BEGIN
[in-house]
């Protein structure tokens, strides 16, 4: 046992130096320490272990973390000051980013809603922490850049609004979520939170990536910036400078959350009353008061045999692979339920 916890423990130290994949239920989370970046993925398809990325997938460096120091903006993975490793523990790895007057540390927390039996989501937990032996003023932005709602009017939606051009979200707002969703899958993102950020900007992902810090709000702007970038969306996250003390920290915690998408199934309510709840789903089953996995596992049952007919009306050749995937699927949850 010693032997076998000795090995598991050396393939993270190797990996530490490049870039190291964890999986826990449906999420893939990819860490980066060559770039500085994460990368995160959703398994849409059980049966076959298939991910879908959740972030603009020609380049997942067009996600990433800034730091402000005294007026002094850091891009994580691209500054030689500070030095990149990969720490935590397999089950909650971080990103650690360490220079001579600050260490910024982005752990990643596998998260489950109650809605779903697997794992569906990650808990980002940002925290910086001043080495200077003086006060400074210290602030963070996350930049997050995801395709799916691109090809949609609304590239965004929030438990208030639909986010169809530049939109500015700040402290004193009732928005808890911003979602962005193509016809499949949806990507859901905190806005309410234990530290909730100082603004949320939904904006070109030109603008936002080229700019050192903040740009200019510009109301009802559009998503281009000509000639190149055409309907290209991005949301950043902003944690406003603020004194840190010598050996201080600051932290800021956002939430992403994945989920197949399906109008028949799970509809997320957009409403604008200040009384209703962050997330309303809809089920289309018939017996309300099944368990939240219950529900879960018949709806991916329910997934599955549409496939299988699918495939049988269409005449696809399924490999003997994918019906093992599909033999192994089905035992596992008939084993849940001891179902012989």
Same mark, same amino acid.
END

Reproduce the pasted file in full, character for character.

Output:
[in-house]
């Protein structure tokens, strides 16, 4: 046992130096320490272990973390000051980013809603922490850049609004979520939170990536910036400078959350009353008061045999692979339920 916890423990130290994949239920989370970046993925398809990325997938460096120091903006993975490793523990790895007057540390927390039996989501937990032996003023932005709602009017939606051009979200707002969703899958993102950020900007992902810090709000702007970038969306996250003390920290915690998408199934309510709840789903089953996995596992049952007919009306050749995937699927949850 010693032997076998000795090995598991050396393939993270190797990996530490490049870039190291964890999986826990449906999420893939990819860490980066060559770039500085994460990368995160959703398994849409059980049966076959298939991910879908959740972030603009020609380049997942067009996600990433800034730091402000005294007026002094850091891009994580691209500054030689500070030095990149990969720490935590397999089950909650971080990103650690360490220079001579600050260490910024982005752990990643596998998260489950109650809605779903697997794992569906990650808990980002940002925290910086001043080495200077003086006060400074210290602030963070996350930049997050995801395709799916691109090809949609609304590239965004929030438990208030639909986010169809530049939109500015700040402290004193009732928005808890911003979602962005193509016809499949949806990507859901905190806005309410234990530290909730100082603004949320939904904006070109030109603008936002080229700019050192903040740009200019510009109301009802559009998503281009000509000639190149055409309907290209991005949301950043902003944690406003603020004194840190010598050996201080600051932290800021956002939430992403994945989920197949399906109008028949799970509809997320957009409403604008200040009384209703962050997330309303809809089920289309018939017996309300099944368990939240219950529900879960018949709806991916329910997934599955549409496939299988699918495939049988269409005449696809399924490999003997994918019906093992599909033999192994089905035992596992008939084993849940001891179902012989």
Same mark, same amino acid.